What kind of support veterans need when transitioning into the workplace
- Posted on November 10, 2021
- Estimated reading time 3 minutes
In honor of Veterans Day in the United States and Armistice Day in the U.K on Nov. 11, we chatted with senior security analyst Brandon Tipton about his experience serving with the Tennessee Air National Guard, 119 Cyber Operations, where he continues to serve part-time today. He discusses the transition from full-time military to part-time, how Avanade has supported him through that journey, and the importance of finding a network and support system in the workplace.
Tell us about your experience serving in the military and how your career led you to Avanade.
I started serving full-time in the Tennessee Air National Guard in 2017 but was made part-time when COVID-19 hit. In May 2021, a friend of mine who worked at Avanade submitted me as a referral and that’s how I ended up here, working in Avanade’s security talent community, mainly focused on digital identity. Today, I’m working full-time at Avanade and continue to serve part-time with the Air National Guard.
How has your career with the Air National Guard prepared you for your career with Avanade?
It gave me not only a strong technical background, but an excellent foundation for leadership and never being afraid to jump in and learn something new.
How do you balance both careers?
Honestly it takes hard work, dedication and sacrifice to balance my career here at Avanade and my service with the Air National Guard. I have some amazing people in my life like my wife, Cassidi, who has always helped me to balance home life and my civilian career at Avanade with my military career.
What was the transition like going from full-time active military to part time, and how did Avanade support you?
It was very different going from putting on my boots every day and going out to my unit, to working from home but still having commitments to the Air National Guard. I definitely experienced some culture shock initially, but Avanade has always made me feel more than welcome and has 100 percent worked with and supported me when I’ve had to leave for training events. I just returned from a joint training operation with the Army National Guard named Mountain Ice. It was an operation with a platform called the JISCC (Joint Incident Site Communications Capability), which we use for things like supporting the presidential inauguration and disasters like Hurricane Katrina to restore communications to emergency personnel and rescue teams.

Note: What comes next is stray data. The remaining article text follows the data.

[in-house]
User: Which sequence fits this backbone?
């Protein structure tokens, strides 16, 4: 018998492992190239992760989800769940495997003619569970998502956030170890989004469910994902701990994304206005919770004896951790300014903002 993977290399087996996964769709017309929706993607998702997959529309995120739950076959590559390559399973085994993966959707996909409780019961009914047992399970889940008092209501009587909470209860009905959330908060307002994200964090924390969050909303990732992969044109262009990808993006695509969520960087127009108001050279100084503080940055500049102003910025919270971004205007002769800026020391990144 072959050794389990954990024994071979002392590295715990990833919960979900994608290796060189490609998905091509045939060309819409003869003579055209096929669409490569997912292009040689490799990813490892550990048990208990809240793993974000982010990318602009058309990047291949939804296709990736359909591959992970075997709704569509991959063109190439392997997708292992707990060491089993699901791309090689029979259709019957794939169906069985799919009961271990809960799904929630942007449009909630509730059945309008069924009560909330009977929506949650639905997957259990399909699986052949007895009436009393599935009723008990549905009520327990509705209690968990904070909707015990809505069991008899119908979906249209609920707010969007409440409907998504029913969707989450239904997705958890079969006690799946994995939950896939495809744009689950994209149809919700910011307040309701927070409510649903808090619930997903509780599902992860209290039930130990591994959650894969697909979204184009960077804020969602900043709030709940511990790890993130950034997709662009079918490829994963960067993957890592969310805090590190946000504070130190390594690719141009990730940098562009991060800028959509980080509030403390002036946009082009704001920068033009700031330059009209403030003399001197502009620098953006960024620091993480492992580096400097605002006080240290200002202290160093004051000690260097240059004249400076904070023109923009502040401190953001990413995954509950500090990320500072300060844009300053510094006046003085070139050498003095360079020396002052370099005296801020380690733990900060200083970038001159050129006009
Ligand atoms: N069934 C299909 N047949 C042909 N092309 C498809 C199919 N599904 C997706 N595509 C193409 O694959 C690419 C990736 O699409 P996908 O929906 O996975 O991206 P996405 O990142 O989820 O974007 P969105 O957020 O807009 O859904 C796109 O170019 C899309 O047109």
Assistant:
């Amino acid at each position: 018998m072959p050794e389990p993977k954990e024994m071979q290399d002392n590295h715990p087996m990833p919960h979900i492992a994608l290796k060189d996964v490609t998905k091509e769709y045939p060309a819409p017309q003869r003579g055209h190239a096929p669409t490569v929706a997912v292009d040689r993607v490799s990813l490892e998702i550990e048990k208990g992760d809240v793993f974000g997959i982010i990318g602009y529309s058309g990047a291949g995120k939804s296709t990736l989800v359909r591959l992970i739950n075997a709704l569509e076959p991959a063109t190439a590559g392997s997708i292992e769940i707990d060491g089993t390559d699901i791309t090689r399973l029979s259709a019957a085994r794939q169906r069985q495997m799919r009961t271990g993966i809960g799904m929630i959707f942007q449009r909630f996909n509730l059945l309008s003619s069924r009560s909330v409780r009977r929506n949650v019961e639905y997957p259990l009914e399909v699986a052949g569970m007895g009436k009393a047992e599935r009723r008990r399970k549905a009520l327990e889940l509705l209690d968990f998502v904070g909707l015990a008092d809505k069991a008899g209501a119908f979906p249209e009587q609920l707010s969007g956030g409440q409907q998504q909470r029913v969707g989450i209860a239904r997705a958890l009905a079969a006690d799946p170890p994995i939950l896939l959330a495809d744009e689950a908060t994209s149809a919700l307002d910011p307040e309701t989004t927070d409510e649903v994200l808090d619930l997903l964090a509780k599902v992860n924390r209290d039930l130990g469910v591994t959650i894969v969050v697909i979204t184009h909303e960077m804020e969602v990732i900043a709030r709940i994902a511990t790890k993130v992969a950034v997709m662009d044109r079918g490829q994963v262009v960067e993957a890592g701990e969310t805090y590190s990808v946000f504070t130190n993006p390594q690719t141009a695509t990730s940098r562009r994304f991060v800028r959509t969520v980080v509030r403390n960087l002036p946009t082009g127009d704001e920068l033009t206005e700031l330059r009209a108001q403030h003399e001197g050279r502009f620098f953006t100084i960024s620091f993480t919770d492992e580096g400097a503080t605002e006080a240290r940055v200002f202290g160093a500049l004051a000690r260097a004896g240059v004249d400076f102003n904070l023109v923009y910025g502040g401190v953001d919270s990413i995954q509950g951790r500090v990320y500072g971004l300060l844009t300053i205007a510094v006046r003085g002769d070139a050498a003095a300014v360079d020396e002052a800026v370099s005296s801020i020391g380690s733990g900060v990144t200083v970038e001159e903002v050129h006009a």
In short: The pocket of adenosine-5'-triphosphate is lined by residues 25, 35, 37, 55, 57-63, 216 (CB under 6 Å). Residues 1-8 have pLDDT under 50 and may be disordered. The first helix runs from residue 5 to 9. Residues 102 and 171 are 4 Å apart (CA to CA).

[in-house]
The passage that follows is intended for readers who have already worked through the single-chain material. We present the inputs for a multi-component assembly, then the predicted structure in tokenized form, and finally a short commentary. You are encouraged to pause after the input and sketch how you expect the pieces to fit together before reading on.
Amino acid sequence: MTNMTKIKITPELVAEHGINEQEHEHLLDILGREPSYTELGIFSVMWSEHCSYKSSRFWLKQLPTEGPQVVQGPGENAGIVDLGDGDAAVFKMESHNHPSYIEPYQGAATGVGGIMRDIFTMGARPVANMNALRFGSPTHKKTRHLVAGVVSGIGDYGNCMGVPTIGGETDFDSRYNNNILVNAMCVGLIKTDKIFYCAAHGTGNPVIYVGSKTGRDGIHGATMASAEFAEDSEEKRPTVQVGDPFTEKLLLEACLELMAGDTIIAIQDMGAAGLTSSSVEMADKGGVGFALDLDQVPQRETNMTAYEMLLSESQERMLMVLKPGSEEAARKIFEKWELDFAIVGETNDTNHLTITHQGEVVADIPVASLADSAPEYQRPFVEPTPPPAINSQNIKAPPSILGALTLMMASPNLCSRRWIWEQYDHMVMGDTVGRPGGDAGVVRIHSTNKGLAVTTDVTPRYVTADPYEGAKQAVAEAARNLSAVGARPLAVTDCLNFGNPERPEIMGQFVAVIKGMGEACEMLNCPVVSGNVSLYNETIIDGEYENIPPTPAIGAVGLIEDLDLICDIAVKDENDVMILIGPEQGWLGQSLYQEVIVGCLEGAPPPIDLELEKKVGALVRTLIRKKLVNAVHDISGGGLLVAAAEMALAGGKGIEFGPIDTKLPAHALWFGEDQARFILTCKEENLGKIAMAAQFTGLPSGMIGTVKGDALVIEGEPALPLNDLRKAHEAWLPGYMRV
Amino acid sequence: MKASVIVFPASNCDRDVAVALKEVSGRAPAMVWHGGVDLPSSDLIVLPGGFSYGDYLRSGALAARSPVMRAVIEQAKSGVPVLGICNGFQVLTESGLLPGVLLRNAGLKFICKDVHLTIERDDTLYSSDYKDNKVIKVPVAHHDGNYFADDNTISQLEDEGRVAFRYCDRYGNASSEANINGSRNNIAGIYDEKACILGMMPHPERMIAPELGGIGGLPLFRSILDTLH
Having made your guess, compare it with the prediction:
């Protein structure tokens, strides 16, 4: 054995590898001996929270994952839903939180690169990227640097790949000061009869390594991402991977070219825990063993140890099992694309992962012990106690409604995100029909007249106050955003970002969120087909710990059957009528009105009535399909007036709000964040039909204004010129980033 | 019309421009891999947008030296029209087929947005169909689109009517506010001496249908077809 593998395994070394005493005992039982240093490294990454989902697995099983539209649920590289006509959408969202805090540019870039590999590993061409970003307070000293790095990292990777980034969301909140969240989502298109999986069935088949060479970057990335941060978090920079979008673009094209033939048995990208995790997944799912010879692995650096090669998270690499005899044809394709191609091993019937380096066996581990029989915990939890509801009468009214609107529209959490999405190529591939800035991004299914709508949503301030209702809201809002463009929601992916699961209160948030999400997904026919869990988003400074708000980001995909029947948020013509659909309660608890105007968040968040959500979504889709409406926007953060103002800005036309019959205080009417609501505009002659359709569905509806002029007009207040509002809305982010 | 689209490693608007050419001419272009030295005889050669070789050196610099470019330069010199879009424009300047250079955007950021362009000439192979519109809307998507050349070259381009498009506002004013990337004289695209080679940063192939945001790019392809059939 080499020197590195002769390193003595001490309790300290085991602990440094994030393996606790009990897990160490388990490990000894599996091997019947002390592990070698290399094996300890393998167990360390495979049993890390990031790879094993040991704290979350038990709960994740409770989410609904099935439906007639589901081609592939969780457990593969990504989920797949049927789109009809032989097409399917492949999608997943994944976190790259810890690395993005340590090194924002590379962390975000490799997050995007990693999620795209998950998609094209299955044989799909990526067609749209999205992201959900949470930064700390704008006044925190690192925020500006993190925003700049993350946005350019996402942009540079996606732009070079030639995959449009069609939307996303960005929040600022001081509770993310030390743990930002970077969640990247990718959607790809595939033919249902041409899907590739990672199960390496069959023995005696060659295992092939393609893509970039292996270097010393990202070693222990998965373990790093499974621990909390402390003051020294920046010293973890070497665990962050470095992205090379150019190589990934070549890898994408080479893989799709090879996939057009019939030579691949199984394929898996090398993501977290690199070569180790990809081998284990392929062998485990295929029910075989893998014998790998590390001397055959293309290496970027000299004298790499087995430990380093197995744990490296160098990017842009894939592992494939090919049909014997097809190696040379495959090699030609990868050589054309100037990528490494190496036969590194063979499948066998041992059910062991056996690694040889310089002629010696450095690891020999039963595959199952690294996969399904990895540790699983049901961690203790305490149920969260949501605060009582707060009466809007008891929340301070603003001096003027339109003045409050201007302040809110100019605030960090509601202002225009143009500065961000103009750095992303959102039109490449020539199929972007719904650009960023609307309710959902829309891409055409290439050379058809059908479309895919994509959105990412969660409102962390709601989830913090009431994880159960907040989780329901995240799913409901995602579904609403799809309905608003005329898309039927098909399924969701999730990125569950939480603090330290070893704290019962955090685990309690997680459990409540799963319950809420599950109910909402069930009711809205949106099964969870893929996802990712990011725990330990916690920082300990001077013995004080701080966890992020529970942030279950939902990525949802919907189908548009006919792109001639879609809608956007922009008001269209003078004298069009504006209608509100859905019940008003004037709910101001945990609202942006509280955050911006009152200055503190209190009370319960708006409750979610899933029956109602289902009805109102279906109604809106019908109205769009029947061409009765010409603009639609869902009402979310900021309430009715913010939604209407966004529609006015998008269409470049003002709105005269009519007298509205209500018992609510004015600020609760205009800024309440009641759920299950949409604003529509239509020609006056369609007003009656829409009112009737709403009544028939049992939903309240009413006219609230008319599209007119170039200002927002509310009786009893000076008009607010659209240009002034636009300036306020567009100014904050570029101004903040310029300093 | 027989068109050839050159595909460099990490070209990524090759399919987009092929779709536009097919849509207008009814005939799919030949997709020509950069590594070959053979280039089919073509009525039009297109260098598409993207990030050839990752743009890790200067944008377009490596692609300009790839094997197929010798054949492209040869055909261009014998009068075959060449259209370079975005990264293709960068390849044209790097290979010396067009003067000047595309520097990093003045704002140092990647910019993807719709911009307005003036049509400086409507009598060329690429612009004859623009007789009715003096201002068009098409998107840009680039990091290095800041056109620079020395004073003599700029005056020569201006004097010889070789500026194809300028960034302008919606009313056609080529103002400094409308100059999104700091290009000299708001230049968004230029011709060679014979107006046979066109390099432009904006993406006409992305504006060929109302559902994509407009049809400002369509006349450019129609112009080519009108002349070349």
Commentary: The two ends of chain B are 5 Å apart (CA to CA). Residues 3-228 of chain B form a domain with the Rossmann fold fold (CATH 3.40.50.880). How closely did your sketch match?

How have you found support within Avanade as a member of the military?
I joined the Veterans Employee Network and have found it beneficial to have a support system of people who have gone through similar experiences. There are others within the group who are still serving and people who are veterans – but regardless of our individual journeys, it feels like a family unit within the larger Avanade family.
What sort of support in the workplace can be helpful for veterans?
It seems simple, but just being able to talk to people and have people who are willing to listen makes a big difference. Having resources available and a support group in place means a lot to people. Many individuals may not have this support available to them in their workplace, so I am grateful for my experience at Avanade.
What advice would you give others who are transitioning out of the military and into another career, or those who are actively doing both like you are?
If you’re transitioning out of the military, I would say to take advantage of all your training and never turn down an opportunity to do something new. If you’re doing both like I am, be prepared to miss some birthdays and sporting events with family but still take advantage of all the guard or reserves has to offer you. You never know what saying yes to that training or trip can lead to down the line. And when you aren’t working, enjoy all the time that you do get to spend with family and friends. Keep your chin up, always keep learning, and keep moving forward.